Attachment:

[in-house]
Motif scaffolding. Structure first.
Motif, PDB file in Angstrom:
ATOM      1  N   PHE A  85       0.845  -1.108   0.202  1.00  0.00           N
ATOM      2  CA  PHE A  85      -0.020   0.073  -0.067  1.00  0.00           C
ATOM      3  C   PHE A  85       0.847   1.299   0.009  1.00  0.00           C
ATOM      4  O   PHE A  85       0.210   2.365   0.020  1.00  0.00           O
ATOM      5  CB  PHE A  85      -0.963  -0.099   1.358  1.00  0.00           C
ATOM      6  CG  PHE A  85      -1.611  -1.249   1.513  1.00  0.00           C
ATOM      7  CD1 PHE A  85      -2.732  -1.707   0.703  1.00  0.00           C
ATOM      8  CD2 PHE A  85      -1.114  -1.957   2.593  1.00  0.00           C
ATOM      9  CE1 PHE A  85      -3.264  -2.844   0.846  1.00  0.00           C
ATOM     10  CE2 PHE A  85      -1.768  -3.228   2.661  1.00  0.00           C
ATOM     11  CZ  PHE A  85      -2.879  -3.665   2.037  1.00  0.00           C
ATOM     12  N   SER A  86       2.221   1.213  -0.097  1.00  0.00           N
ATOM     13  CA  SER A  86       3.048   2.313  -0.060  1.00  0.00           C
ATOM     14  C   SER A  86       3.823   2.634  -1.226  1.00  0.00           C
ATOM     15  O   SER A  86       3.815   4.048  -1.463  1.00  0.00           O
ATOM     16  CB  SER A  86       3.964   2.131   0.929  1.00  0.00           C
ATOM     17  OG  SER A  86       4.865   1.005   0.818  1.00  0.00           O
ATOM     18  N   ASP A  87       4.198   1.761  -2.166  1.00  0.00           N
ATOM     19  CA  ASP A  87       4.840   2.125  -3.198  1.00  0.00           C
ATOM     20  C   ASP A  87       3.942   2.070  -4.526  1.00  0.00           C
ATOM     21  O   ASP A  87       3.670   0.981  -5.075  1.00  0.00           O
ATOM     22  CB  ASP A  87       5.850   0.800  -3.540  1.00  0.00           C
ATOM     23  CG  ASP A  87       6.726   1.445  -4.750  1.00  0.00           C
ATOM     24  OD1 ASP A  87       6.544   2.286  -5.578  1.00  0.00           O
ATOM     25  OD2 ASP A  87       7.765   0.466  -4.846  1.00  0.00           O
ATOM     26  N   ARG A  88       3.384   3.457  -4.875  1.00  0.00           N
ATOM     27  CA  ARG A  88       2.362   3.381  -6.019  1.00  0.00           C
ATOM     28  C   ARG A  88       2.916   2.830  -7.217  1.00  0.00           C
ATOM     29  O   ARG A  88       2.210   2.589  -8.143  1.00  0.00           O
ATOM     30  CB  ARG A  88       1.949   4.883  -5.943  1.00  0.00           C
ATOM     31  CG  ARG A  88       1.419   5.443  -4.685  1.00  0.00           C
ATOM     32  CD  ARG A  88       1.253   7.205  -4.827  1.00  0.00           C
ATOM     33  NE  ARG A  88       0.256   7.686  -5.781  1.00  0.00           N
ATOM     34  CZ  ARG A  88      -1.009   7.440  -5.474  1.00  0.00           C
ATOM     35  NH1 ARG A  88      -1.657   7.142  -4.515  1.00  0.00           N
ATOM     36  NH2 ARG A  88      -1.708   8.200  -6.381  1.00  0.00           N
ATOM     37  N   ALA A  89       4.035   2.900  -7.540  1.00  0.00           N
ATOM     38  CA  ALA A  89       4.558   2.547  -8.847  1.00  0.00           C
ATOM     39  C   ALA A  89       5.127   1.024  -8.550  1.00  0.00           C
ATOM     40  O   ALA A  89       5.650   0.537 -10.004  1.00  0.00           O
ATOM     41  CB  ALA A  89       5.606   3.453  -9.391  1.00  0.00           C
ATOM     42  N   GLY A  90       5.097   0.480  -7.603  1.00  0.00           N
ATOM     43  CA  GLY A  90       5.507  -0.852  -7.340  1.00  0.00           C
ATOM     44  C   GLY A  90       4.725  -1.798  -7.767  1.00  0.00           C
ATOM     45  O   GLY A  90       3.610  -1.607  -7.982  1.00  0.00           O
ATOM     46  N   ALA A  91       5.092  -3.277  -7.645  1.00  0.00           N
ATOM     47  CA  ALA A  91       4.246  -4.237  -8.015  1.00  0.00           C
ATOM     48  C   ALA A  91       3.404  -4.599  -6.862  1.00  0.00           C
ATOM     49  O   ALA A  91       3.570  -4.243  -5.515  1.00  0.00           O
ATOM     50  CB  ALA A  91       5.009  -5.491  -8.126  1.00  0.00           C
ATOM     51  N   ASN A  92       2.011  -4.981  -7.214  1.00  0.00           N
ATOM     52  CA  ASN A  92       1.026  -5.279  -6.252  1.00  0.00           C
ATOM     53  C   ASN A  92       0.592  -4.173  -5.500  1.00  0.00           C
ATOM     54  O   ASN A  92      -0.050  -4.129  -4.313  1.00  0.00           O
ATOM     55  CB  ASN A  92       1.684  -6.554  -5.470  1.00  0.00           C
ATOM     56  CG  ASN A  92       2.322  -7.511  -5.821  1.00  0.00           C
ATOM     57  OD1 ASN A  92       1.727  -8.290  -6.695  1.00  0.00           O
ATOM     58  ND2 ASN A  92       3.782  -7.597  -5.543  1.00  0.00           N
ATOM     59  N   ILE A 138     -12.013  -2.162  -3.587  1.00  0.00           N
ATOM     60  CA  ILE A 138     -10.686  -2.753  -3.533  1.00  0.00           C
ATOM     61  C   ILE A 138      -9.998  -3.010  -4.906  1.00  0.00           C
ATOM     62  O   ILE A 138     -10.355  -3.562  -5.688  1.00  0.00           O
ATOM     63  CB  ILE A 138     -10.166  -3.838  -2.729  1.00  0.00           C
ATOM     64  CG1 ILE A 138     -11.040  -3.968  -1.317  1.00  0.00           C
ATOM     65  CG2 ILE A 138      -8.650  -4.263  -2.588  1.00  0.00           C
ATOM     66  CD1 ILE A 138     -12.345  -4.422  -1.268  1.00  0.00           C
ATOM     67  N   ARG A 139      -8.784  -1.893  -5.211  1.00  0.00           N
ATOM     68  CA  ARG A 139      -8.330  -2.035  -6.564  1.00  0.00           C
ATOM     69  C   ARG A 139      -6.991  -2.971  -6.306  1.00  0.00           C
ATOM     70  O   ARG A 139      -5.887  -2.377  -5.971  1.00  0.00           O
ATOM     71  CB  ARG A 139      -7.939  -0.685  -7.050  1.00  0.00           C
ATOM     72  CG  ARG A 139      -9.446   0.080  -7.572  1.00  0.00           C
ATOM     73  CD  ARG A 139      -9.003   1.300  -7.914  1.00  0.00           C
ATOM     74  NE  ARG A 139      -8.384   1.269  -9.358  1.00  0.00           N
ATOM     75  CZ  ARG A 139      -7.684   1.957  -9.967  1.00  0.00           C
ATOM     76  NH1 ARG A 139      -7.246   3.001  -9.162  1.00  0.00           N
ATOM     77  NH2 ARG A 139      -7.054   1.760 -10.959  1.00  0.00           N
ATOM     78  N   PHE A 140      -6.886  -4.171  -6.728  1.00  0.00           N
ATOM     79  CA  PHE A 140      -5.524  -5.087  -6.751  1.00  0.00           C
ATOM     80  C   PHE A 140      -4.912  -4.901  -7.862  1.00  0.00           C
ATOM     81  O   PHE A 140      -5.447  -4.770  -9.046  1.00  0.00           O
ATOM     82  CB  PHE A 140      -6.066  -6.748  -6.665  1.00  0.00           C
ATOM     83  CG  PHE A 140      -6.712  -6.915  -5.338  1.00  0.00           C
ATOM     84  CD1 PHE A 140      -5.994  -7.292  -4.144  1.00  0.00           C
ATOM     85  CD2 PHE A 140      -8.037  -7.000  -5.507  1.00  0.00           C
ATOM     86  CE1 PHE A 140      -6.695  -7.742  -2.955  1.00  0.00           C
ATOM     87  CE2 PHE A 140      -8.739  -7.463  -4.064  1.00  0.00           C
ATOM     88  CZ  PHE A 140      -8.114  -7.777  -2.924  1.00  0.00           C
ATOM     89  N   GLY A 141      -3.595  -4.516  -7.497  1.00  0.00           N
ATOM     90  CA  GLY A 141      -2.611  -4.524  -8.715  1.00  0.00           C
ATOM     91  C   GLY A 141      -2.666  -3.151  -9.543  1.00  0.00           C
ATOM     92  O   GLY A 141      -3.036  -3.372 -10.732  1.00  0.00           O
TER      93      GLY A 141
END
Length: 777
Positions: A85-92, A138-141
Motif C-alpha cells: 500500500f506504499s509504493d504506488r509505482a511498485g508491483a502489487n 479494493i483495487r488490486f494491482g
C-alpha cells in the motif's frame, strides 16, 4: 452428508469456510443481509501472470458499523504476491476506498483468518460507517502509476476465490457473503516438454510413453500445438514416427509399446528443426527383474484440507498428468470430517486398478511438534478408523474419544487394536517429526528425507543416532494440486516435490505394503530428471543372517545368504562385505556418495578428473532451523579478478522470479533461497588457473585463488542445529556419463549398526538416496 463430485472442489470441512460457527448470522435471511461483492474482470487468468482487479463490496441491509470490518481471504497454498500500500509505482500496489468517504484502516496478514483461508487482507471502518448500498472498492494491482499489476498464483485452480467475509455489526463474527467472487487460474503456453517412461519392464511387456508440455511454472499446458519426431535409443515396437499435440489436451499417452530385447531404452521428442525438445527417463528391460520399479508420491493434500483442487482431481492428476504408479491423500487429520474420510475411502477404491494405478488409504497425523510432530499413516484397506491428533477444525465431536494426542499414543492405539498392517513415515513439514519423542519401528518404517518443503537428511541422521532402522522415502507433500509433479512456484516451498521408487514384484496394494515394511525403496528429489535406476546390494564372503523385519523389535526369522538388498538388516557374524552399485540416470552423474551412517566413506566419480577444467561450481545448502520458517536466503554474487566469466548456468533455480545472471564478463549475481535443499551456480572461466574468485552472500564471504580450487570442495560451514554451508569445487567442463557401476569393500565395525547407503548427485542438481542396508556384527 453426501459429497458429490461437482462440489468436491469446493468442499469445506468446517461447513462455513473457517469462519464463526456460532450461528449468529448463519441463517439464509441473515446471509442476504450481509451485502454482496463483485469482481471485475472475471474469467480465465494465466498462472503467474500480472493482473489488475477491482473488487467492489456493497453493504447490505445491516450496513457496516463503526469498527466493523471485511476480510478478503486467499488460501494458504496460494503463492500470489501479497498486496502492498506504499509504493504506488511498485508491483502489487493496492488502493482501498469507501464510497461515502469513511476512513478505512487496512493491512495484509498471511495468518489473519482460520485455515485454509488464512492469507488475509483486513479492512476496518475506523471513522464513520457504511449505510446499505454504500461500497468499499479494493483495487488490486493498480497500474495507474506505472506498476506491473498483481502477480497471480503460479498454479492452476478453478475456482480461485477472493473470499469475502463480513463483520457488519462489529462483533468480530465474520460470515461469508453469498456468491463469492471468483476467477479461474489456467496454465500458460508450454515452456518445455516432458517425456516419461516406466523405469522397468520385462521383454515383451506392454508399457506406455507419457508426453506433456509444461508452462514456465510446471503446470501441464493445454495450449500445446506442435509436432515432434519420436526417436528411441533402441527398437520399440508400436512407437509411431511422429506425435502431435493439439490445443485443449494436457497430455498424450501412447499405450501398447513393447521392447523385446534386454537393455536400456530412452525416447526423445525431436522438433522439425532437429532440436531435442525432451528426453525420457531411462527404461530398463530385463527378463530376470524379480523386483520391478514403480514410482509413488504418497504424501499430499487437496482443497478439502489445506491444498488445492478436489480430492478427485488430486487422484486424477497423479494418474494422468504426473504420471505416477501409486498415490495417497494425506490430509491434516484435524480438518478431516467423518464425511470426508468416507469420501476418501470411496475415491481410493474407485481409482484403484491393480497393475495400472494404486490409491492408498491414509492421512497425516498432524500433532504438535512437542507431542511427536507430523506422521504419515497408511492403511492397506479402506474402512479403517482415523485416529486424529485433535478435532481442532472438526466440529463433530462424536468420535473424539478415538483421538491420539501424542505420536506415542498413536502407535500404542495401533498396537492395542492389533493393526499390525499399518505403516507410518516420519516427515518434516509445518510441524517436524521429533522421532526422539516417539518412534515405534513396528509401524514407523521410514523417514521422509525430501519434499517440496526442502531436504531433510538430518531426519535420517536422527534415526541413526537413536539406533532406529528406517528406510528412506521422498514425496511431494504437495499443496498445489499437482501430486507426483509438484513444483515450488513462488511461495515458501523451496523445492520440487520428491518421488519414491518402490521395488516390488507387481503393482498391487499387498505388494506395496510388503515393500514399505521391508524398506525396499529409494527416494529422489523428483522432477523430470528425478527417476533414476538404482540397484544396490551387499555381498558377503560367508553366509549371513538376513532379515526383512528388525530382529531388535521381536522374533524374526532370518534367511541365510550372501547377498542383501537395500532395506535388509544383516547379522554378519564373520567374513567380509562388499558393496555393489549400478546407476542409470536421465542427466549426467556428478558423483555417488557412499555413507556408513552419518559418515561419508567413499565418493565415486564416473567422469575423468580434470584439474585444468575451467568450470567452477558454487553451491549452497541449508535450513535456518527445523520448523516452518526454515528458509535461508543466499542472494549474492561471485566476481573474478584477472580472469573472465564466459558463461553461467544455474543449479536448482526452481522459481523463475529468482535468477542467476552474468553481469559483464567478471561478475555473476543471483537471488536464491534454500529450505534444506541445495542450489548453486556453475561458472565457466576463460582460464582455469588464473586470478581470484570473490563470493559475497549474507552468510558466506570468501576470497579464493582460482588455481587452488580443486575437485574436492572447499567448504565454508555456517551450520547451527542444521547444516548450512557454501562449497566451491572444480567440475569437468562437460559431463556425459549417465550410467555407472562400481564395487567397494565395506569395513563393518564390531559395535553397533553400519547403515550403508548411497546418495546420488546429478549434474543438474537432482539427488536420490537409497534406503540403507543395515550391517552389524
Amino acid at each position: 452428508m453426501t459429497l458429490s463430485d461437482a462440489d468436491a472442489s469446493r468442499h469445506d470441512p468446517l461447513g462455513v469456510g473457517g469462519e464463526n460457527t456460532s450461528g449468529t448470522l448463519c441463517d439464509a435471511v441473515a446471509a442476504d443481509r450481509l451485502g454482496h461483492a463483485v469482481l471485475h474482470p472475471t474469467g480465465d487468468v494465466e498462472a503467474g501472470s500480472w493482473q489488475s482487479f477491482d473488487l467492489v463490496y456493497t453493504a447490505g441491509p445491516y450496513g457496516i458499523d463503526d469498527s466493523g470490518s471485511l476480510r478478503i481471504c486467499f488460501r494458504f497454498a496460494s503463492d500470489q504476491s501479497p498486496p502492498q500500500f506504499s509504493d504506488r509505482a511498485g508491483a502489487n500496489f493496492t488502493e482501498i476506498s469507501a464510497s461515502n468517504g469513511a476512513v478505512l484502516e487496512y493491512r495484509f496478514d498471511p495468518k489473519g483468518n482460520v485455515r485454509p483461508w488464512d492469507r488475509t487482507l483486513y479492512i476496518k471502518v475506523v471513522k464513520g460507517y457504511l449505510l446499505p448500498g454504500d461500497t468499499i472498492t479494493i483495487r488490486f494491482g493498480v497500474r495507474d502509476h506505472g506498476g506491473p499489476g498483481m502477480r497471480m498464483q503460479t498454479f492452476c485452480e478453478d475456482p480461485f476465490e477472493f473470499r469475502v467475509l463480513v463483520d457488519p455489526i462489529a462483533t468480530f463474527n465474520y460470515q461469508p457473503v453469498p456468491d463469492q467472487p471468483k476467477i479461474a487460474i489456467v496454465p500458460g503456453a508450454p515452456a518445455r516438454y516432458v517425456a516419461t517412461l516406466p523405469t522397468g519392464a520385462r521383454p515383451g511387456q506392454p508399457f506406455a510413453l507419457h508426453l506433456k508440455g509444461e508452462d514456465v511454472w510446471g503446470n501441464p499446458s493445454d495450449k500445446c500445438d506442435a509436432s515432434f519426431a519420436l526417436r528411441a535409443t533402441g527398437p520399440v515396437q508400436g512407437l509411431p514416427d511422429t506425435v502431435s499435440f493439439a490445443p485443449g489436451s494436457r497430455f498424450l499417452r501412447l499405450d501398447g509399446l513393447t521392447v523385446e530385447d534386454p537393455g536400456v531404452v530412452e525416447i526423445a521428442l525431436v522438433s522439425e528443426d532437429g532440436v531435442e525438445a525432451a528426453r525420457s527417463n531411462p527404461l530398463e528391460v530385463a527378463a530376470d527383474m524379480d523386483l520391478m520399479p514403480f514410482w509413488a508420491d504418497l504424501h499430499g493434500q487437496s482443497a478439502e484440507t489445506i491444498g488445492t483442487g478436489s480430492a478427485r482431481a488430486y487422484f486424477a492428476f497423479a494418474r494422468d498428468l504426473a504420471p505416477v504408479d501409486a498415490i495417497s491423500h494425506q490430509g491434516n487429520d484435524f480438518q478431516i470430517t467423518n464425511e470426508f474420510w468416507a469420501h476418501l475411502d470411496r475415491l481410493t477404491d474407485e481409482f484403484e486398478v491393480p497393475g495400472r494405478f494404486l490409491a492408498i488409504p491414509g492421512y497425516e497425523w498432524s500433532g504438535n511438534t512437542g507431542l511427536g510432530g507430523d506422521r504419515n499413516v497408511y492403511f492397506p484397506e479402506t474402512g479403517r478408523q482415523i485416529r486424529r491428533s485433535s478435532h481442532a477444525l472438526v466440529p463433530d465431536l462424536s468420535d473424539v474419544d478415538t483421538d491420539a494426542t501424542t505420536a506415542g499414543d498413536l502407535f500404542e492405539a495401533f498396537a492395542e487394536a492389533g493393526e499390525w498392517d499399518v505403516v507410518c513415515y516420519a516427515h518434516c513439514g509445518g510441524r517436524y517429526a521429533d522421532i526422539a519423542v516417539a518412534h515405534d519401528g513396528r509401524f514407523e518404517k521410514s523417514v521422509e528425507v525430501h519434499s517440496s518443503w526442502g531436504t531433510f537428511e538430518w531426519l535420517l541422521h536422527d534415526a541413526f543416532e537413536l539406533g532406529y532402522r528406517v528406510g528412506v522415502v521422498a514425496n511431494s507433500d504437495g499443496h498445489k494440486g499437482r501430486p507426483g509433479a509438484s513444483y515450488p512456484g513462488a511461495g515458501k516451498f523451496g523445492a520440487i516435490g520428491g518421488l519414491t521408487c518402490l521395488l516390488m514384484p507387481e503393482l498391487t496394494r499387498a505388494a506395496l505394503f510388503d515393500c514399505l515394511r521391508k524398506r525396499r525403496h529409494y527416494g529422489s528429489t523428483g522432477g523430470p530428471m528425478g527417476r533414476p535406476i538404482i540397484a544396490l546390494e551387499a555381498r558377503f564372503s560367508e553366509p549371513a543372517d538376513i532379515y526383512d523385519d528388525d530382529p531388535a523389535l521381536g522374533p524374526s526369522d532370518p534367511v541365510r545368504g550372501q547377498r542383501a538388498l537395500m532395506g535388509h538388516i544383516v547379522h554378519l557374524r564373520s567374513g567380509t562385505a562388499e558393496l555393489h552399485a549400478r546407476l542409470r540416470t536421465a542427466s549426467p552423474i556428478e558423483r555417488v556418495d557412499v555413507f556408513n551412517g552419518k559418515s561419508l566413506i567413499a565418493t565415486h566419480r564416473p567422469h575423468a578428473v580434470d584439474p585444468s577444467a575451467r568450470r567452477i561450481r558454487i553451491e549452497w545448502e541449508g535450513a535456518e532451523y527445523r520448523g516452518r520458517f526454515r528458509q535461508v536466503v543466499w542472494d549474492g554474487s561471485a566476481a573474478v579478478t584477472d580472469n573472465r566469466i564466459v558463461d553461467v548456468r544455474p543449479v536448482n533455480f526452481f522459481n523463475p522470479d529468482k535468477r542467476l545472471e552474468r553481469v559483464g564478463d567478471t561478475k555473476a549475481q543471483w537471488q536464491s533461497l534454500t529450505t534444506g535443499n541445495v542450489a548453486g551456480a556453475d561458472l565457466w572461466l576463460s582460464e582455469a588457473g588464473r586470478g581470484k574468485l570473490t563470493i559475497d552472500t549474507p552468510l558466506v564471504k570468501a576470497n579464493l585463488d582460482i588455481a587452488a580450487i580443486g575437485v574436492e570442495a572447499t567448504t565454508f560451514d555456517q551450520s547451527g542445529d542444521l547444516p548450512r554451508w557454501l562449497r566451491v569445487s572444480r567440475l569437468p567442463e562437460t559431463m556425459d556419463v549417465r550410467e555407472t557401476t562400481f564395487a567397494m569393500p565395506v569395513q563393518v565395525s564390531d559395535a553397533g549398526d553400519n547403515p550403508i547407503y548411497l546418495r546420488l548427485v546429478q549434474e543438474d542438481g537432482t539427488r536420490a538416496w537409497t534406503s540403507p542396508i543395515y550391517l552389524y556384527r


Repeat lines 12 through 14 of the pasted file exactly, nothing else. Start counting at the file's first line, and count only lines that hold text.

ATOM      9  CE1 PHE A  85      -3.264  -2.844   0.846  1.00  0.00           C
ATOM     10  CE2 PHE A  85      -1.768  -3.228   2.661  1.00  0.00           C
ATOM     11  CZ  PHE A  85      -2.879  -3.665   2.037  1.00  0.00           C